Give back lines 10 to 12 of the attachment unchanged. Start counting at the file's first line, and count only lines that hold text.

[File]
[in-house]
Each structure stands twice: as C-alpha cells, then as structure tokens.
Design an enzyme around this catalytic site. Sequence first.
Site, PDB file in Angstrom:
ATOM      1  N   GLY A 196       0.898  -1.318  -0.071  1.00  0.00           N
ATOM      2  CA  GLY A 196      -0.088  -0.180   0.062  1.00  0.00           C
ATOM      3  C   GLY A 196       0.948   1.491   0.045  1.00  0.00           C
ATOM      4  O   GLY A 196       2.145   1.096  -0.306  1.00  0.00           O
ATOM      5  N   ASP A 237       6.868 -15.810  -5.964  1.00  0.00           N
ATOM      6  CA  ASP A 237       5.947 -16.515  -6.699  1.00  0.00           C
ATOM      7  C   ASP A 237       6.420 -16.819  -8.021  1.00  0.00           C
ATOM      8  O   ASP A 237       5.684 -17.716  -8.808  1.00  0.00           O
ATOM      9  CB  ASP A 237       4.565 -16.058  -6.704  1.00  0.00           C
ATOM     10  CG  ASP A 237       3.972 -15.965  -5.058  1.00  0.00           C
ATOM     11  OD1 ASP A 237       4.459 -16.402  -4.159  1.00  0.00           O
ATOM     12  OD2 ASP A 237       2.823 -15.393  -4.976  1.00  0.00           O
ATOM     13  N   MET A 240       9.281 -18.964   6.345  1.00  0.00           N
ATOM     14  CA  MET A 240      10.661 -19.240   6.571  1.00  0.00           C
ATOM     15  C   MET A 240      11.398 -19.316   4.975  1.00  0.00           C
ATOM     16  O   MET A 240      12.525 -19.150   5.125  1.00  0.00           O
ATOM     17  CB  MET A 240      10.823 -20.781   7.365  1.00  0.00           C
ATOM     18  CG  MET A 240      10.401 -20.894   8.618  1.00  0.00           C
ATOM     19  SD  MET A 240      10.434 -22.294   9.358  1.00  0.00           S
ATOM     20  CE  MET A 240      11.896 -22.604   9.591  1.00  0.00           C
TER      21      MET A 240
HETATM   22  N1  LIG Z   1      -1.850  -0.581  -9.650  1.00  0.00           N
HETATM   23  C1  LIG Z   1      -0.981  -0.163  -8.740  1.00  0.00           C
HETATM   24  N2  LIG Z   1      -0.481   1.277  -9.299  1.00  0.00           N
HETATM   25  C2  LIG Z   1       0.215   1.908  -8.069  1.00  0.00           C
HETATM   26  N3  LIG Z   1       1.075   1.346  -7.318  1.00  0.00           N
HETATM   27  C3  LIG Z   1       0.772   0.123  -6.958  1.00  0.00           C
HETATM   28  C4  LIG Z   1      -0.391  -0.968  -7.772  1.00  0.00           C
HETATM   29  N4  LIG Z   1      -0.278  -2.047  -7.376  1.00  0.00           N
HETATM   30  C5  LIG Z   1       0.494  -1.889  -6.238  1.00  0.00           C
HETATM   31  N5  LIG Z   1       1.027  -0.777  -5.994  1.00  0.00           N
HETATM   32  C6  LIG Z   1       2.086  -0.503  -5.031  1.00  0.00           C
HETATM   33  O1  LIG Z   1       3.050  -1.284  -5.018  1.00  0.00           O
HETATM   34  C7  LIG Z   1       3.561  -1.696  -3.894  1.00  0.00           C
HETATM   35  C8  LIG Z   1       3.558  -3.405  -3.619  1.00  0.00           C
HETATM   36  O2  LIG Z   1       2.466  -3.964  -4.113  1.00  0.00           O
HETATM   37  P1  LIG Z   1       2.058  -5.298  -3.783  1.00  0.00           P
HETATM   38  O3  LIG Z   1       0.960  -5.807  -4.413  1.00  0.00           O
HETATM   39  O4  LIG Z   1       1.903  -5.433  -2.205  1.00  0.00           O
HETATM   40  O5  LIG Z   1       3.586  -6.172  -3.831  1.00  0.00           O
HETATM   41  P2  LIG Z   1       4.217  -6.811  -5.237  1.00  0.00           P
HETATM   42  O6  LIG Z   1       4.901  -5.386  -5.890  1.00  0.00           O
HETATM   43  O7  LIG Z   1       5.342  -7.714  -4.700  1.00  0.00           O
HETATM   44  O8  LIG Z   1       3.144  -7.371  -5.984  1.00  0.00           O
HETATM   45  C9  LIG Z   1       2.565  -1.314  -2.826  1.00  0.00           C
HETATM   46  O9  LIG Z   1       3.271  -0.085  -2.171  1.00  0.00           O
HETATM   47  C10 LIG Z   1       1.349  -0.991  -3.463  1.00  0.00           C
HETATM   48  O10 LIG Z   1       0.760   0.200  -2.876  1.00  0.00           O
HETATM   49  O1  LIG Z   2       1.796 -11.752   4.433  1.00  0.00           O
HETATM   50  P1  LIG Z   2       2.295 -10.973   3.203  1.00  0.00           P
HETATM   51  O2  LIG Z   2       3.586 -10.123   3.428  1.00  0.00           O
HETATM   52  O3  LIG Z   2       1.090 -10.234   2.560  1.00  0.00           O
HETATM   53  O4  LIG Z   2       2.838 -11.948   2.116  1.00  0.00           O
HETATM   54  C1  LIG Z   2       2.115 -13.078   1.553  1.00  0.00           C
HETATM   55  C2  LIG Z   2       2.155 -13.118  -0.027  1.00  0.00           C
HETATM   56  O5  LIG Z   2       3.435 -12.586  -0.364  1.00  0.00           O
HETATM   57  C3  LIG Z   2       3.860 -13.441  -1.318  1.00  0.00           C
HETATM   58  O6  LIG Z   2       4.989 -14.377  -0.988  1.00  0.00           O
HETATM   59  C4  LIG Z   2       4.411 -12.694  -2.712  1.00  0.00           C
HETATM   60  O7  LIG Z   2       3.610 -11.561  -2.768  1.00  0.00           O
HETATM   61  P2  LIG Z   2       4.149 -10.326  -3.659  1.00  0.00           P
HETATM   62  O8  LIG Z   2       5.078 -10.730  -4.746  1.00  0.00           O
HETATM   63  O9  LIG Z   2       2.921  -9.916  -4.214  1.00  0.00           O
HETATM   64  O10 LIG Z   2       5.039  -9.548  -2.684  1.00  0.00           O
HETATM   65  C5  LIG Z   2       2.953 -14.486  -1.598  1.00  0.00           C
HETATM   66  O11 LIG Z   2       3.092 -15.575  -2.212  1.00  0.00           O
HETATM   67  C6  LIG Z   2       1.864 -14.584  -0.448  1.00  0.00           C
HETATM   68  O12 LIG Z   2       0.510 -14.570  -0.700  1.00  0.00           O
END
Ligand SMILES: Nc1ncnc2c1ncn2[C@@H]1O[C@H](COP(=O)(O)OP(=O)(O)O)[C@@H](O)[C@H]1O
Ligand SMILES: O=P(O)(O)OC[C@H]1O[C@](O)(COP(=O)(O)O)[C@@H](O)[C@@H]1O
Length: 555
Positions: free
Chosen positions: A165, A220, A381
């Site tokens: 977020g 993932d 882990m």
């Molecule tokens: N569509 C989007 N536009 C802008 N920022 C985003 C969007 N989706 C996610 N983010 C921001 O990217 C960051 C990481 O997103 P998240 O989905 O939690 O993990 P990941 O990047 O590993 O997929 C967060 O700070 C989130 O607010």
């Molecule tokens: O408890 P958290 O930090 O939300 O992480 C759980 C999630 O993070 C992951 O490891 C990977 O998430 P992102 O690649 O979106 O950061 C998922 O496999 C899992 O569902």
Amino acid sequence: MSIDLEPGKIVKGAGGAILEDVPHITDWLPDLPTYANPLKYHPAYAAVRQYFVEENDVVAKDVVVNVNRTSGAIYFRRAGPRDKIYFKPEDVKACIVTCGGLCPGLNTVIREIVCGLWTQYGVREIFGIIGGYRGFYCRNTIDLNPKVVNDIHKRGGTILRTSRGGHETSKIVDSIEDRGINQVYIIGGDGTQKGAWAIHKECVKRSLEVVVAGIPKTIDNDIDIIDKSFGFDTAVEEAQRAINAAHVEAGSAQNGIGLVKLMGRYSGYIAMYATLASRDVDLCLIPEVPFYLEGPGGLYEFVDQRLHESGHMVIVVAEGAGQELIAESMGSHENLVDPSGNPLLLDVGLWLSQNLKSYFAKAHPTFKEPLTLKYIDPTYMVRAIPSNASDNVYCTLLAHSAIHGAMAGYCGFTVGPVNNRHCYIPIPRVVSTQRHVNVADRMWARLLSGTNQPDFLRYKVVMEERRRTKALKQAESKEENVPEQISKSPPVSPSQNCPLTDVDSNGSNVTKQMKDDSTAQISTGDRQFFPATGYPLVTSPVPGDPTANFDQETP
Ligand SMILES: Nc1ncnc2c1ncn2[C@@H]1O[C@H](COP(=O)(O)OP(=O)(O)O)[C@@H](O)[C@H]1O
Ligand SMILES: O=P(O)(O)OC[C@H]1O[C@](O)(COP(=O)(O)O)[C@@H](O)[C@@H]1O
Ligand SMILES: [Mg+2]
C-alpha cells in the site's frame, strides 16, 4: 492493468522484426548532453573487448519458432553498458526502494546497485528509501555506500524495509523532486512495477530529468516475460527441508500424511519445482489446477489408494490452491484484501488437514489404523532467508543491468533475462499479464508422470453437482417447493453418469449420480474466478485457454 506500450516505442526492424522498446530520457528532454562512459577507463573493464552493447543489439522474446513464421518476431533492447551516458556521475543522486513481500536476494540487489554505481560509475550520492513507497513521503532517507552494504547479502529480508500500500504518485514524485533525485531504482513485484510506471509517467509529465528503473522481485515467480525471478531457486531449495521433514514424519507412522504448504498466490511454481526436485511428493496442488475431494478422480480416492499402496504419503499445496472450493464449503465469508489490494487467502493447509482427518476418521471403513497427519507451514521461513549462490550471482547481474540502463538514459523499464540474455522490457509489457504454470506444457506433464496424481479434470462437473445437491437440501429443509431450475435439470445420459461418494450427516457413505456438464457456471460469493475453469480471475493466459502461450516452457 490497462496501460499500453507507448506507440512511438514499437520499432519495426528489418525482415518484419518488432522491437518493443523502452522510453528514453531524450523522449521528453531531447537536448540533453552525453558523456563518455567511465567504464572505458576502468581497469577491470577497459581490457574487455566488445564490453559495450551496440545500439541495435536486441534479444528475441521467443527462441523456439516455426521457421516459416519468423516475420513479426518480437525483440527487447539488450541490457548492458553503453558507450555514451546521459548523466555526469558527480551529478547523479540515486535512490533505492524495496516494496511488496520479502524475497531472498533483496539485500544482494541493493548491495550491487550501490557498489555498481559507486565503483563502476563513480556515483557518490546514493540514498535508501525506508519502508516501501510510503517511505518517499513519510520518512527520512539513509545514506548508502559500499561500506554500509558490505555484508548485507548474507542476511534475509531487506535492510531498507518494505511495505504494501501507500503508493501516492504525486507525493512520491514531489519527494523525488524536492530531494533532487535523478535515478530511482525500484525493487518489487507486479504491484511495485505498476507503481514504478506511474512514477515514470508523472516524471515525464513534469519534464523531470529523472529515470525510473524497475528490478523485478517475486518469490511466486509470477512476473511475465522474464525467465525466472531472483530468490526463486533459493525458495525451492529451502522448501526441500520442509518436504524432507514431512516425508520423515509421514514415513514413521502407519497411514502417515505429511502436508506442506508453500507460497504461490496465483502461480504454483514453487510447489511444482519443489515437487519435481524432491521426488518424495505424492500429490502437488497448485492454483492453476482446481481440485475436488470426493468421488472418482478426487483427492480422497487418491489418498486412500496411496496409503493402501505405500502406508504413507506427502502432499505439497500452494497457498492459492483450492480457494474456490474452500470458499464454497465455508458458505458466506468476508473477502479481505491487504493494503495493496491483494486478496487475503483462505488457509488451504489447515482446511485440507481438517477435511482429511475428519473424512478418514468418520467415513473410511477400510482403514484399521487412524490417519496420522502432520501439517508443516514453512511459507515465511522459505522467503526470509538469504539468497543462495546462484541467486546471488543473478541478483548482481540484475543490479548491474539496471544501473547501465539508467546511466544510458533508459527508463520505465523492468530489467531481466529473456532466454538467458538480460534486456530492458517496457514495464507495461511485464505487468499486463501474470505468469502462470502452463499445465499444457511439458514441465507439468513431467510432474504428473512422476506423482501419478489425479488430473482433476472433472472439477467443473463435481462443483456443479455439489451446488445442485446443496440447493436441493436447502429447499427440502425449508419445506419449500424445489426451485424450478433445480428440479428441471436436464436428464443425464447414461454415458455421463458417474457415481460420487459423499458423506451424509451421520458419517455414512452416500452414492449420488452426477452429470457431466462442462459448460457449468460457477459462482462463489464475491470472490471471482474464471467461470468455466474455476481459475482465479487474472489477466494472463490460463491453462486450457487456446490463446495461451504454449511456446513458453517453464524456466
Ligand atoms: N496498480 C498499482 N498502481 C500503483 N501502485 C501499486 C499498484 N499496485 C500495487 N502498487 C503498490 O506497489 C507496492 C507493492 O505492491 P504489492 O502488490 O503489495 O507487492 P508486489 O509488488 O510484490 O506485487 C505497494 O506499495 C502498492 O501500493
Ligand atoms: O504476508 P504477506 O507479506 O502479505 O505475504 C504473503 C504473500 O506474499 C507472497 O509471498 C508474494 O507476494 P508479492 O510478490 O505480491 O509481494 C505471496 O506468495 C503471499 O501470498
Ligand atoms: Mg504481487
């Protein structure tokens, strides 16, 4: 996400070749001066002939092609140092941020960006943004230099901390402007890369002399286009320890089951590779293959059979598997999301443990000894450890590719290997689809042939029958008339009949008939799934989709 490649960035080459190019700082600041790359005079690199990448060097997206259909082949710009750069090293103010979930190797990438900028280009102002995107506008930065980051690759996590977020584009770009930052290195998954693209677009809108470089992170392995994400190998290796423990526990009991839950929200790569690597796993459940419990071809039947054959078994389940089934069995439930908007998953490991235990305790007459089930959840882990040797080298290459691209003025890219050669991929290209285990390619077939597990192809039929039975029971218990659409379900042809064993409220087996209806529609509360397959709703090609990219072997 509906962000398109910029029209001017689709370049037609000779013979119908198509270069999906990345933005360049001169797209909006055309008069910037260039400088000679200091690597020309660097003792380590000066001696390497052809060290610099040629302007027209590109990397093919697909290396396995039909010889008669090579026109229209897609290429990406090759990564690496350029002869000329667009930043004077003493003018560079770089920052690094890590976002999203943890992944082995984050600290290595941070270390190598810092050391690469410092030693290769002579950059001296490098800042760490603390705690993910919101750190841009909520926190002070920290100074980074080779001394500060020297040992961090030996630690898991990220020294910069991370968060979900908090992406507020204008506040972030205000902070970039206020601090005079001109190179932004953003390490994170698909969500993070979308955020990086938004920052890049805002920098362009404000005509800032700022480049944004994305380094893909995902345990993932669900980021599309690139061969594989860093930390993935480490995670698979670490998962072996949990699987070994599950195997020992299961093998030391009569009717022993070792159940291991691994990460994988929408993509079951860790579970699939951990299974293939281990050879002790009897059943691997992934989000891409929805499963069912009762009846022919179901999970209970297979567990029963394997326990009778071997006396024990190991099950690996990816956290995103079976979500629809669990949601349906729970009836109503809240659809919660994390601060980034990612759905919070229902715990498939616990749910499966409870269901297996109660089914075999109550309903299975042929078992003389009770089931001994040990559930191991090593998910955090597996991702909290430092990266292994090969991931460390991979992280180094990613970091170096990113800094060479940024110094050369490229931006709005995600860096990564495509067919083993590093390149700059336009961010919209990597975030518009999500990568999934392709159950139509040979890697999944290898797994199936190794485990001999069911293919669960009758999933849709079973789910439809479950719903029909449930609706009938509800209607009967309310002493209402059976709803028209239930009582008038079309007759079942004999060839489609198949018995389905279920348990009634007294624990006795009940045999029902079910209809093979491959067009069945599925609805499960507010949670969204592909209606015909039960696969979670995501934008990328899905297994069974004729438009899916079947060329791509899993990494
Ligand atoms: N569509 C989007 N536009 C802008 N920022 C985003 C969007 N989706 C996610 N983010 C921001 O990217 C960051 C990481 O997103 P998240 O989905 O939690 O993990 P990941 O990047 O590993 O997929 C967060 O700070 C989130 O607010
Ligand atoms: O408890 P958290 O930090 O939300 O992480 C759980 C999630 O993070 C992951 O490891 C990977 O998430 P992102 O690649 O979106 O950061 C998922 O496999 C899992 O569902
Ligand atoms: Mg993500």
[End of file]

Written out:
ATOM      6  CA  ASP A 237       5.947 -16.515  -6.699  1.00  0.00           C
ATOM      7  C   ASP A 237       6.420 -16.819  -8.021  1.00  0.00           C
ATOM      8  O   ASP A 237       5.684 -17.716  -8.808  1.00  0.00           O